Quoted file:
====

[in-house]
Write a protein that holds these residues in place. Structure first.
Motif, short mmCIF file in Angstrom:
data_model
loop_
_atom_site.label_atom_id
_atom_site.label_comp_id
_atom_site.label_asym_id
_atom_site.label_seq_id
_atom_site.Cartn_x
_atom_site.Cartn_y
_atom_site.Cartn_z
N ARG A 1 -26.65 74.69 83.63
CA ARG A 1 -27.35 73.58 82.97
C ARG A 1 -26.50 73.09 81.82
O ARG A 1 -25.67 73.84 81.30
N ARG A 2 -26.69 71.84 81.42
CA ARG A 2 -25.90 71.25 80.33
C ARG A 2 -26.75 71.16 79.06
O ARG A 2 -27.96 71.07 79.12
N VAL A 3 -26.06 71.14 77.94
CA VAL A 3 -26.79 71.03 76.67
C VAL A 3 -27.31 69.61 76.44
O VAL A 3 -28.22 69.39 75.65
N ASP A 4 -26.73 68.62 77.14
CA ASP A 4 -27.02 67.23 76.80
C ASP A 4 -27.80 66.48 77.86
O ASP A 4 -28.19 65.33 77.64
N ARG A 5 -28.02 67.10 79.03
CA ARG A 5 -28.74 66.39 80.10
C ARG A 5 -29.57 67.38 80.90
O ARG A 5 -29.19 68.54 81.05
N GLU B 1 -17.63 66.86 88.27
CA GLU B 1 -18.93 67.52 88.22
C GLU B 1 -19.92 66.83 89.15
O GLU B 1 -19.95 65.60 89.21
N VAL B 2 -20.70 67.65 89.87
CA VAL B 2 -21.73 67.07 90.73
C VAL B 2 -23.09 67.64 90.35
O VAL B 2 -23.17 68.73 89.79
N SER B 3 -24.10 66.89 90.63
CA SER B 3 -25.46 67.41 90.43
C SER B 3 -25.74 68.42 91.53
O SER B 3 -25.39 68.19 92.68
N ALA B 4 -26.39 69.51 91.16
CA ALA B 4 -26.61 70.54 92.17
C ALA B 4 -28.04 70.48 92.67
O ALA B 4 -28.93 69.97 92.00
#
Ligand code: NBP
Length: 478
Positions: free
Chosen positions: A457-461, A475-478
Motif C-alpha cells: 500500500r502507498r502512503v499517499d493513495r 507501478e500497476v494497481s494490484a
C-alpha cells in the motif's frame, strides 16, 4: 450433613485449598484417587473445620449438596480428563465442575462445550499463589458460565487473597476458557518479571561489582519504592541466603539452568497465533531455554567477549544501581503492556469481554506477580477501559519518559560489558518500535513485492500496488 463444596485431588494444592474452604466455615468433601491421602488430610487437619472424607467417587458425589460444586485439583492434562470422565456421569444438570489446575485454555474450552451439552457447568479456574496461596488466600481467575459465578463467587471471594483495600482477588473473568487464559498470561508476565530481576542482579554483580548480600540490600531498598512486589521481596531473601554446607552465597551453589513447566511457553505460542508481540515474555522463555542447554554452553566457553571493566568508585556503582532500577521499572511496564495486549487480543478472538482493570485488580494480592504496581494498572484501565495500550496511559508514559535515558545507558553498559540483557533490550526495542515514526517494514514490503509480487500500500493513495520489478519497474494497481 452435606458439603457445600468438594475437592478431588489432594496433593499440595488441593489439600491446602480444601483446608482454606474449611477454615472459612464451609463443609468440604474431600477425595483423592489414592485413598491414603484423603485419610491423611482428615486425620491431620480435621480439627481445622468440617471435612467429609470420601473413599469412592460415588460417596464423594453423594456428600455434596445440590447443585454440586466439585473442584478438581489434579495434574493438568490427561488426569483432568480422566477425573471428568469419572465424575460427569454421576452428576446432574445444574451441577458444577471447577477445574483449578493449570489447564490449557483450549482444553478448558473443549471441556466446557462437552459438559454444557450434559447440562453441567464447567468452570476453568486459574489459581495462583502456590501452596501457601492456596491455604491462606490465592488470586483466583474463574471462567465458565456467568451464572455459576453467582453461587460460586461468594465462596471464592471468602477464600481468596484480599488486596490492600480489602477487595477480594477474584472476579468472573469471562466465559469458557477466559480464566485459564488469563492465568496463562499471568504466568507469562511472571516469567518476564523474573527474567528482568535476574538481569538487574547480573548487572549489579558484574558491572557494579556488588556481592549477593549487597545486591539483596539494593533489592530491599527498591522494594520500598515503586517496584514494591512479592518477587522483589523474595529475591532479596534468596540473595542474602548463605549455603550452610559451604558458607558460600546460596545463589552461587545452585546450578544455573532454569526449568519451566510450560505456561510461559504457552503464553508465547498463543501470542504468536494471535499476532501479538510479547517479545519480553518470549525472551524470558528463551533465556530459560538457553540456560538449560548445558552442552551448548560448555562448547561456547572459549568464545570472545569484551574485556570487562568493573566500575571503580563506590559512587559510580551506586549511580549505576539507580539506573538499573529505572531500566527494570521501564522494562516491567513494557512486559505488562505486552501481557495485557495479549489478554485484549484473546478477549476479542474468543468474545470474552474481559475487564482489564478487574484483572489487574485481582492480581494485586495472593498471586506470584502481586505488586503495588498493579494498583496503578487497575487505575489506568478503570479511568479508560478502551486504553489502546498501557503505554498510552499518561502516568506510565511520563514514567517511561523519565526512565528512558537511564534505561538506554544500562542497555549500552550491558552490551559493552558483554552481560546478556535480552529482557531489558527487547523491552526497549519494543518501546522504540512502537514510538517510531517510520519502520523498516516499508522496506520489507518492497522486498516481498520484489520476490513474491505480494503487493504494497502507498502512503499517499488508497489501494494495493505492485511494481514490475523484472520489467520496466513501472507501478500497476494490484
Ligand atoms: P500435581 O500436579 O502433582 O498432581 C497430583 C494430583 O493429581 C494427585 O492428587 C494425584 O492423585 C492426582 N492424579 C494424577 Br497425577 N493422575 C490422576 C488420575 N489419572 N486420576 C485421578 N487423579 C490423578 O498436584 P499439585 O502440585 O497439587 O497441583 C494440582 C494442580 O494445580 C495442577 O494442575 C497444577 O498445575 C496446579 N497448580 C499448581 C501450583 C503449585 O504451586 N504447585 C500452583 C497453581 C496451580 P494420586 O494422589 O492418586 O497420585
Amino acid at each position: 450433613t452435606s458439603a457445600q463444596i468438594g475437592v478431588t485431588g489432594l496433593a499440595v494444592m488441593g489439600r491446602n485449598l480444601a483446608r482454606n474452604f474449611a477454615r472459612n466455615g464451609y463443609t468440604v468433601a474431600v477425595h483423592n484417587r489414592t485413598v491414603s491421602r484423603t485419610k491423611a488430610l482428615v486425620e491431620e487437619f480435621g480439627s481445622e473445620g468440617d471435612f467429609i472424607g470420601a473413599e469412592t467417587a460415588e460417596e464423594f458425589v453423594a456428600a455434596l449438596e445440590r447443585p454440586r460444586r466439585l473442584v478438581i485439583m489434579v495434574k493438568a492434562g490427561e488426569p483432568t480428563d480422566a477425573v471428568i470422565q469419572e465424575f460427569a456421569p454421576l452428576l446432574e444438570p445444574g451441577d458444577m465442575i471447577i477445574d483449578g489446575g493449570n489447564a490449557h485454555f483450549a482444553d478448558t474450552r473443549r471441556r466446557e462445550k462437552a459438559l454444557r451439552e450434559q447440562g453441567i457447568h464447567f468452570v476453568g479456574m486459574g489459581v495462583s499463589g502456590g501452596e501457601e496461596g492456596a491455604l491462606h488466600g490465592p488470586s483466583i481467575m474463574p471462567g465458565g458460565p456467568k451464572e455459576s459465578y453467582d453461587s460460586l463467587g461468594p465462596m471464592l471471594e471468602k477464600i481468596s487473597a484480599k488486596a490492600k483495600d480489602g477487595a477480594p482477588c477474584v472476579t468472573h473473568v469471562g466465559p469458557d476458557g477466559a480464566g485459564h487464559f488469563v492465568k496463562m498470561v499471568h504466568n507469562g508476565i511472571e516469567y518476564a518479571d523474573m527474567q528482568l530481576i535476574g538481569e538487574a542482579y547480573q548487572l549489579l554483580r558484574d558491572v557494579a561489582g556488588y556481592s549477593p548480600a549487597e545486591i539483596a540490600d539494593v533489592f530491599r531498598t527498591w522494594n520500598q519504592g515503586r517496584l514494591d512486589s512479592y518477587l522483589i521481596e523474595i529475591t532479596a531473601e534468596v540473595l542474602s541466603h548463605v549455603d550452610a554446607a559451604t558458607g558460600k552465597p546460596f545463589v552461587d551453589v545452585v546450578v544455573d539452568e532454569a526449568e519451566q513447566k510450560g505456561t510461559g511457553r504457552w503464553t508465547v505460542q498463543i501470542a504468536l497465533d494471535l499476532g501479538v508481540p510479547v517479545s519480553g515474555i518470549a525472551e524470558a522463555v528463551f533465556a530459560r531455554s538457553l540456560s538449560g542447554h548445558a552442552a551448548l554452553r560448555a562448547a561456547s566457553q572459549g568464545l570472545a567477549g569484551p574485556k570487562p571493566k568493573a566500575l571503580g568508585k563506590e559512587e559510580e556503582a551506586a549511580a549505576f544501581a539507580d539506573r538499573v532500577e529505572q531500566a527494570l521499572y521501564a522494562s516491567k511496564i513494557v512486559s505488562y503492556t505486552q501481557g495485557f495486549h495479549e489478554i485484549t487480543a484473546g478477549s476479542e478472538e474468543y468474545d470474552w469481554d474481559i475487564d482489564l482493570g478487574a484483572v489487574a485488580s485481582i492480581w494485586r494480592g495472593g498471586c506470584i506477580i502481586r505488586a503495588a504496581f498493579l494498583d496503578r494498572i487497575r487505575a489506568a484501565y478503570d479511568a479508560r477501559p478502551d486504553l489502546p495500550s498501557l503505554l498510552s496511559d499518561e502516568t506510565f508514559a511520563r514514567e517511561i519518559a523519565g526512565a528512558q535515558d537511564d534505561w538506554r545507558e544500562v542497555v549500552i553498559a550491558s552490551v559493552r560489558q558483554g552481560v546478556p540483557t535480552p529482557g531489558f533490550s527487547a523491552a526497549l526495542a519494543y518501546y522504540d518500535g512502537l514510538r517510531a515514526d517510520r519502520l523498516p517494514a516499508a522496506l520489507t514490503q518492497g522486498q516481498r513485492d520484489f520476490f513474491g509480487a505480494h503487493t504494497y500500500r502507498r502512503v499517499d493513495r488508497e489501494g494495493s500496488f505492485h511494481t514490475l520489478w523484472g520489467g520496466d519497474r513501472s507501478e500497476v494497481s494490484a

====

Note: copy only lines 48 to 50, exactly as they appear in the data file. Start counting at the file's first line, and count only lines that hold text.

O ALA B 4 -28.93 69.97 92.00
#
Ligand code: NBP